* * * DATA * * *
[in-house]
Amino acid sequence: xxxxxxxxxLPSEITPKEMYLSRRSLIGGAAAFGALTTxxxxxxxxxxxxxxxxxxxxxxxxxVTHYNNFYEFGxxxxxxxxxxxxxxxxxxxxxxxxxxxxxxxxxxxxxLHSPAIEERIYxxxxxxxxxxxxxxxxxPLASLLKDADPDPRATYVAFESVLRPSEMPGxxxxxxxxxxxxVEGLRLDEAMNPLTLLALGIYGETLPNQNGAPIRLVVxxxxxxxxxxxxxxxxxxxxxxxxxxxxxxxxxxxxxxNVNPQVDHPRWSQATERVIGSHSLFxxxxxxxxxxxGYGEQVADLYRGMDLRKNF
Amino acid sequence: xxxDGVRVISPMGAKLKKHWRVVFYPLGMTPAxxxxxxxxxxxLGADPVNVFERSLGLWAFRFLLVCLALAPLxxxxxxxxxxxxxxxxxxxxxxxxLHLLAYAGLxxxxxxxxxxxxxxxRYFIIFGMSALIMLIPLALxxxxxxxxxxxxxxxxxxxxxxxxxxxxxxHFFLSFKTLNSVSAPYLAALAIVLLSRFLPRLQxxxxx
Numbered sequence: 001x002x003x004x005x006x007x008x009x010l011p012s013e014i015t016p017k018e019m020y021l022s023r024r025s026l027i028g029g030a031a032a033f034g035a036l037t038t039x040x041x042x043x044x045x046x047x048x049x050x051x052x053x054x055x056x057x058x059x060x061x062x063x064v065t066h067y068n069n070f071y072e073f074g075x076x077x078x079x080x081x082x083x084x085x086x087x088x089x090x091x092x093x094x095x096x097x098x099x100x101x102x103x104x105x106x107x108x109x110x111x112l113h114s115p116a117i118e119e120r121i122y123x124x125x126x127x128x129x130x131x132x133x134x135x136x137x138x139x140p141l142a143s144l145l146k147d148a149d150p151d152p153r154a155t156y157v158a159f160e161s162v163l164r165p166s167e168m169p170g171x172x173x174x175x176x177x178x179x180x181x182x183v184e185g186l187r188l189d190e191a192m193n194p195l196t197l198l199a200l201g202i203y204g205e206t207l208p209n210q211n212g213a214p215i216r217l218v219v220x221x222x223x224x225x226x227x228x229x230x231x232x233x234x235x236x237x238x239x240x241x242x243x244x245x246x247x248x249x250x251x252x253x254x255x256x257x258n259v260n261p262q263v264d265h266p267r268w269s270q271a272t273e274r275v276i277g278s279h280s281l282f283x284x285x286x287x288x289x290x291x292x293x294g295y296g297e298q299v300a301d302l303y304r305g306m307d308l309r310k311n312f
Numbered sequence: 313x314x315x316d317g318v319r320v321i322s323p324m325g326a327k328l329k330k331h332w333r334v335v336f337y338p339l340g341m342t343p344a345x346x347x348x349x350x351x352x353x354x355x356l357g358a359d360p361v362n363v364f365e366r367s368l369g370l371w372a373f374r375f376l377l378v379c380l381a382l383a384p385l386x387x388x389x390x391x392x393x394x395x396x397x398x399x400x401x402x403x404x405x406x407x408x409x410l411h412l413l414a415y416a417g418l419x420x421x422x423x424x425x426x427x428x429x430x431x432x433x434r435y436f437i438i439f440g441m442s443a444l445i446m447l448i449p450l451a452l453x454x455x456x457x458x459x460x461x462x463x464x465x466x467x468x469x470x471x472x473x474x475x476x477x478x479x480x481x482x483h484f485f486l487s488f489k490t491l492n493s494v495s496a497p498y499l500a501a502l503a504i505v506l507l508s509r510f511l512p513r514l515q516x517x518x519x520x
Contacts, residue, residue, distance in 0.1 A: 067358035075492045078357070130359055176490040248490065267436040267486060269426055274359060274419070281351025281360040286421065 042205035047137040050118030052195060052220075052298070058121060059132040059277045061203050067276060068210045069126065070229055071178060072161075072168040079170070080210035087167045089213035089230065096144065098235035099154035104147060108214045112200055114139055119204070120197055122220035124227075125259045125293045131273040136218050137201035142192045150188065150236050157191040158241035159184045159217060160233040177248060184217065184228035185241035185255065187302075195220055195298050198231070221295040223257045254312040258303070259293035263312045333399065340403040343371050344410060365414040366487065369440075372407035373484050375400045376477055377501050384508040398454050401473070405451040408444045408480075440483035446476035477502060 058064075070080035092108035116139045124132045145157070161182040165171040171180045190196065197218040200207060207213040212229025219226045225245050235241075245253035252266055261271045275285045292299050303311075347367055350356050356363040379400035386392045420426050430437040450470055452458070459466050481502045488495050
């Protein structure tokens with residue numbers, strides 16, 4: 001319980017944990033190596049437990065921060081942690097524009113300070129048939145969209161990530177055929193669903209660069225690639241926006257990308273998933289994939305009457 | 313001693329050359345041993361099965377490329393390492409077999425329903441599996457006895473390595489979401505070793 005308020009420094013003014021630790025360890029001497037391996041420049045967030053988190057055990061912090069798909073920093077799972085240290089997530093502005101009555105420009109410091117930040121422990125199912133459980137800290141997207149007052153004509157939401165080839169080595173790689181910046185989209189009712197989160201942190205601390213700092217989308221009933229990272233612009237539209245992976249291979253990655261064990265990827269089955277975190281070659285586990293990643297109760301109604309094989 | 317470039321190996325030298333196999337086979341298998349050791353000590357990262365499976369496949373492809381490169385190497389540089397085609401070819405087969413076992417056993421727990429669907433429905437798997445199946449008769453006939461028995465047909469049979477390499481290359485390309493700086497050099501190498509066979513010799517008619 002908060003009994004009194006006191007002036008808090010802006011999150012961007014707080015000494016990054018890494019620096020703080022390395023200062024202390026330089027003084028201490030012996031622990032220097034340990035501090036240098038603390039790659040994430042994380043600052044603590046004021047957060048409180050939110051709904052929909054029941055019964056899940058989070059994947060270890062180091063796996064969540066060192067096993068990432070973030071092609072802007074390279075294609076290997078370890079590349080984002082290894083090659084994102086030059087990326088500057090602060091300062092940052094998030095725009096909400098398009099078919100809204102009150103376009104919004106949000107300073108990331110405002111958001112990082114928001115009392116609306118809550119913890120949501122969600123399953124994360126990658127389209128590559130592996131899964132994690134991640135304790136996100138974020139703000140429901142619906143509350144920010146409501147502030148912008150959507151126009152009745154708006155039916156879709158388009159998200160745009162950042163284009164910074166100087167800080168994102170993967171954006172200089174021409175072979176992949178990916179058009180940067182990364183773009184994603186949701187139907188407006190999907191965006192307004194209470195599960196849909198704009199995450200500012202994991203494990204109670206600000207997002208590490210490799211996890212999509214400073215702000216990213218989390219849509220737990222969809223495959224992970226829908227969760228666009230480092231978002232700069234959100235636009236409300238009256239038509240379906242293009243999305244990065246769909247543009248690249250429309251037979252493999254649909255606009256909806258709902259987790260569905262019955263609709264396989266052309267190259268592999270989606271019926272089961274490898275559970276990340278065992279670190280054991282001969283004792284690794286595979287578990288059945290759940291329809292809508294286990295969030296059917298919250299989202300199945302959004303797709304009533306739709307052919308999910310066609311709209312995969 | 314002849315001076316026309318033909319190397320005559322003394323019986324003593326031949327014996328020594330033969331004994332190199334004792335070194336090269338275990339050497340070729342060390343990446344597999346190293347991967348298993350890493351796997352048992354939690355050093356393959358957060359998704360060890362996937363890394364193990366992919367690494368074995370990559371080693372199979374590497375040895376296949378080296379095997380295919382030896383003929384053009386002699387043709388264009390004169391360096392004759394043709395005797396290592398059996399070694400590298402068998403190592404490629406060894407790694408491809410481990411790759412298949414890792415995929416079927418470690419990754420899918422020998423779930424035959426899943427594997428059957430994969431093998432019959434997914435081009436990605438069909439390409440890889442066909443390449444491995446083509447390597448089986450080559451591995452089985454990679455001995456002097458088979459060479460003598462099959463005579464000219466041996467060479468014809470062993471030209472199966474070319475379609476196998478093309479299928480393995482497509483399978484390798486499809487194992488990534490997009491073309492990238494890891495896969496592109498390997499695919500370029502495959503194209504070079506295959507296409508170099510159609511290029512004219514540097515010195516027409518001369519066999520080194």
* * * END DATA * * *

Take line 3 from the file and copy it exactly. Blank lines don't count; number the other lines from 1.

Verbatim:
Amino acid sequence: xxxDGVRVISPMGAKLKKHWRVVFYPLGMTPAxxxxxxxxxxxLGADPVNVFERSLGLWAFRFLLVCLALAPLxxxxxxxxxxxxxxxxxxxxxxxxLHLLAYAGLxxxxxxxxxxxxxxxRYFIIFGMSALIMLIPLALxxxxxxxxxxxxxxxxxxxxxxxxxxxxxxHFFLSFKTLNSVSAPYLAALAIVLLSRFLPRLQxxxxx